THE latest Pakistani Eurobond, issued last week, has hit controversy even before the finance team has returned to the country.
Pakistan offered 10-year paper at an 8.25pc yield, and received bids worth $1 billion. The last Eurobond was issued in April 2014, when the government also targeted to raise $500 million, but attracted bids worth almost $6 billion and ended up raising $2bn from the exercise. The yield then was also 8.25pc.
The diminished participation, as well as the unchanged yield from the last bond offering in 2014, has led people to suggest that the exercise ought to have been delayed, since markets were still in the grip of jitters following a steady stream of unnerving news from China and hints from the US Federal Reserve that a hike in interest rates may be coming soon.
According to data obtained from Reuters, Pakistan’s 10-year US dollar-denominated bond issued in April last year traded at 104.883 cents on Monday — still well above its issue price but below the record high of almost 110 cents hit earlier in the year. The premium suggests investors see those bonds as a lucrative asset, although it would be necessary to know how long they intend to hold the bond to determine whether the premium means the bonds may have been overpriced.
“It’s important to keep a presence in the private debt markets,” says a high-level source in the banking industry who closely follows the money markets, “but in this particular situation, the timing could have been changed in the light of negative sentiments in global markets. This bond is also likely to be traded at a premium right away, given its pricing.”
The finance ministry justified the issue, saying in a press release that it was necessary to cover repayment of a maturing bond of the same size that was issued in 2006. That bond matures in March. The ministry also saw it as a positive sign that despite difficult global conditions, “the bond was twice oversubscribed”.
Former State Bank governor Salim Raza agrees that the timing presented challenges, and adds it is reasonable to expect that the yield on this bond should have been lower than the last one. “With improvement in underlying inflation and current account flows, compared with the last issue, we should have seen a better coupon rate,” he says, expressing some puzzlement at the urgency with which the government pursued the bond. “Perhaps they have a reserve target in mind which would warrant additional borrowing.”
The relatively secure position of the reserves, at the moment, leaves many confused as to why it was necessary to go ahead with the exercise at a time when global markets are spooked by a sustained rout on Chinese stock markets as well as possibilities of rate hikes in the US.
“It really doesn’t make sense why they were so keen to pick up $500m at a high price when they have $18.5bn in reserves,” says Sakib Sherani, former adviser to the finance minister who has advised the government in earlier Eurobond flotations. “It’s not just $500m, it’s expensive $500m,” he says.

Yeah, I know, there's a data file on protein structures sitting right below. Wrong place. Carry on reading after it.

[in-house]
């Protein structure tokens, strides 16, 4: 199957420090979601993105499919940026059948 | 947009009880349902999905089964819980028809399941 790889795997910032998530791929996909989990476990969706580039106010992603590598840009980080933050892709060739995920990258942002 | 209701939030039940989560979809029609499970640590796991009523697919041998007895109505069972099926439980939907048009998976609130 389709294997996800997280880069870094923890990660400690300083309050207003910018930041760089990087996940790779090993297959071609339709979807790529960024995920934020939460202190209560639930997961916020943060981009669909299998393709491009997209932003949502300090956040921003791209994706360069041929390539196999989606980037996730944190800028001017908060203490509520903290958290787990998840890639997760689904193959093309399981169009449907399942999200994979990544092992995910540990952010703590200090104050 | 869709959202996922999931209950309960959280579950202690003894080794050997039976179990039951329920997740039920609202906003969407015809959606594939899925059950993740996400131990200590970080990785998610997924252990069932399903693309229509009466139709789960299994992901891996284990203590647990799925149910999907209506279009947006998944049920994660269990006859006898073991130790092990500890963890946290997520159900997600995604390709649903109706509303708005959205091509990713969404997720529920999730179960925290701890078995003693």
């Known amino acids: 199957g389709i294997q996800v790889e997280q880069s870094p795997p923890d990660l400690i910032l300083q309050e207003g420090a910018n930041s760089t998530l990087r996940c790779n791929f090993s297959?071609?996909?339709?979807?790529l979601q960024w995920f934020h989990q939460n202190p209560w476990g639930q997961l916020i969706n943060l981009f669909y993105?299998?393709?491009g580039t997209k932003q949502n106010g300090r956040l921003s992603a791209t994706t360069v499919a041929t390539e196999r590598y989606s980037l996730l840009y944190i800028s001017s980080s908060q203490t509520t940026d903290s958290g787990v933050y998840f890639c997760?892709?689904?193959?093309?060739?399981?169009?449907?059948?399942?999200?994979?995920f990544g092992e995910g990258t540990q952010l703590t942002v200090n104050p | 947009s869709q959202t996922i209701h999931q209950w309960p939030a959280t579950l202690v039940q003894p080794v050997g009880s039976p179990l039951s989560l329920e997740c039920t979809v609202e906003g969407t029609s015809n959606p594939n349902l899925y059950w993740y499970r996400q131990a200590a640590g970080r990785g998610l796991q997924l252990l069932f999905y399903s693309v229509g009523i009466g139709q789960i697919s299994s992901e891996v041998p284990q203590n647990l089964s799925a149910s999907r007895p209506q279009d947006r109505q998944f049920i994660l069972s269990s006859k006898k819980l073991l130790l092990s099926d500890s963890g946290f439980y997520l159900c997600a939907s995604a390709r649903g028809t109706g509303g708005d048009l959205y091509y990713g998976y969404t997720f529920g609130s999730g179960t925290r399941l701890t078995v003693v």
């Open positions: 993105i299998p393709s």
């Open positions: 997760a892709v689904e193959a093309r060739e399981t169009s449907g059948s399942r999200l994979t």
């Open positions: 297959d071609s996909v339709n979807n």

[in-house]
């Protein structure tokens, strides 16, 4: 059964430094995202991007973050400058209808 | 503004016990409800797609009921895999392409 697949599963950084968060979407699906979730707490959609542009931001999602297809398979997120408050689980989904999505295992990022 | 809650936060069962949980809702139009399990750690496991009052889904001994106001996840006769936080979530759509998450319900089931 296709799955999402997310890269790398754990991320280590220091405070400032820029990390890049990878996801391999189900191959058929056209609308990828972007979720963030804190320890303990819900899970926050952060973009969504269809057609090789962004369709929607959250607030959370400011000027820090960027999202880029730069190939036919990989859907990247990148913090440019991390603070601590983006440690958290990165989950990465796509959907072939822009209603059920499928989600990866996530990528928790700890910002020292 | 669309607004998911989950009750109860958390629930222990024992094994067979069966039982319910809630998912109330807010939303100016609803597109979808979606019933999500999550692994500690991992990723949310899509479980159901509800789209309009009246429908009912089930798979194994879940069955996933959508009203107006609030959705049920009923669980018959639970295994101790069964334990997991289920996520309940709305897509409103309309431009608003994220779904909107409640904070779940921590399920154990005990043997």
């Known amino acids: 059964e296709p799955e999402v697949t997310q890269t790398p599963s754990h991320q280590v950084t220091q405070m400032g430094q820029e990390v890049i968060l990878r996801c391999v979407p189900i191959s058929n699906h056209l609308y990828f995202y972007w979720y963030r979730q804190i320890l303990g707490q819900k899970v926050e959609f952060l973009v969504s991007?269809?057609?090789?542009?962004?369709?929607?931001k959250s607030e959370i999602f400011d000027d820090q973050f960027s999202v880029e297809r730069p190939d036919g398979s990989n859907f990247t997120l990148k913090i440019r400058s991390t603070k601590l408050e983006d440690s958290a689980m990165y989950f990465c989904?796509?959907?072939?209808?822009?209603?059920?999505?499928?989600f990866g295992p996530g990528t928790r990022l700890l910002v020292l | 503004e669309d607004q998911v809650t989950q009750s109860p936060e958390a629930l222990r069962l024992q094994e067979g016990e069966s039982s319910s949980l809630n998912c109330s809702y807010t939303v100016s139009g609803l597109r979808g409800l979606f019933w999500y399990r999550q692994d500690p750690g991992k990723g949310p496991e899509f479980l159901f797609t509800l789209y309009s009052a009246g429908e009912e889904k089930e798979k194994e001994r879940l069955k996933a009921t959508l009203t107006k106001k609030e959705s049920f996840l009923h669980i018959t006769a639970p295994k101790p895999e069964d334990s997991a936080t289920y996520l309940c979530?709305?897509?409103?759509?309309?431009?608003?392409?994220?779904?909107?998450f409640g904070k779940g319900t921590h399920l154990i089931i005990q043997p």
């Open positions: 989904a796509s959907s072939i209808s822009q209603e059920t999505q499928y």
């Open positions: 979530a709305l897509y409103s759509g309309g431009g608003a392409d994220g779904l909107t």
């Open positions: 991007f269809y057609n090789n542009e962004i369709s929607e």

For comparison, Nigeria’s dollar debt carries a yield of 7pc these days, and the average for other African and Middle Eastern countries surveyed by Bloomberg was 2.8pc.
Pakistan’s credit rating was upgraded by Moody’s right after the budget this year. The credit rating agency cited “continued strengthening of the external payments position; and sustained progress in structural reforms under the government’s programme with the IMF” as the key reasons behind the move.
But on Sept 18, days before the bond exercise, it issued a more guarded assessment of Pakistan’s creditworthiness. That assessment, which assigned a provisional rating of B3 to the Eurobond, spoke of “factious relations between the executive, military and judicial branches of government” as well as “very low fiscal strength and high susceptibility to event risk” as key weaknesses holding back Pakistan’s creditworthiness.
That same assessment pointed to a key concern regarding the rising reserves: they are primarily driven by borrowed money. Moody’s said any strength in Pakistan’s creditworthiness stems from “support from multilateral and bilateral lenders”, underlining the importance of Pakistan’s relationship with international financial institutions like the IMF and the World Bank as principal drivers behind its strengthening reserves.
That concern appears to have been raised during the road shows leading up to the bond issue, prompting the federal finance secretary to say on record that Pakistan may yet consider another IMF programme once the current one ends next September. The secretary’s remarks indicate that investors attached high importance to Pakistan’s ongoing programme as a driver of reserve accumulation and sound fiscal management.
Despite its many problems, investors remain interested in Pakistani debt mainly because of the high yields that it offers, and an abiding faith that great powers will never let the country veer towards default. Pakistan’s external debt repayments eased in recent years as the major repayments to the IMF from the 2008 facility drew to a close. But in its last Annual Report, the State Bank cautioned that these are going to rise again from 2017 onwards, “with the onset of repayments of rescheduled Paris Club debt, Eurobonds” as well as repayments from the ongoing IMF programme. “This scenario emphasises the need for caution while framing debt management strategy of Pakistan.”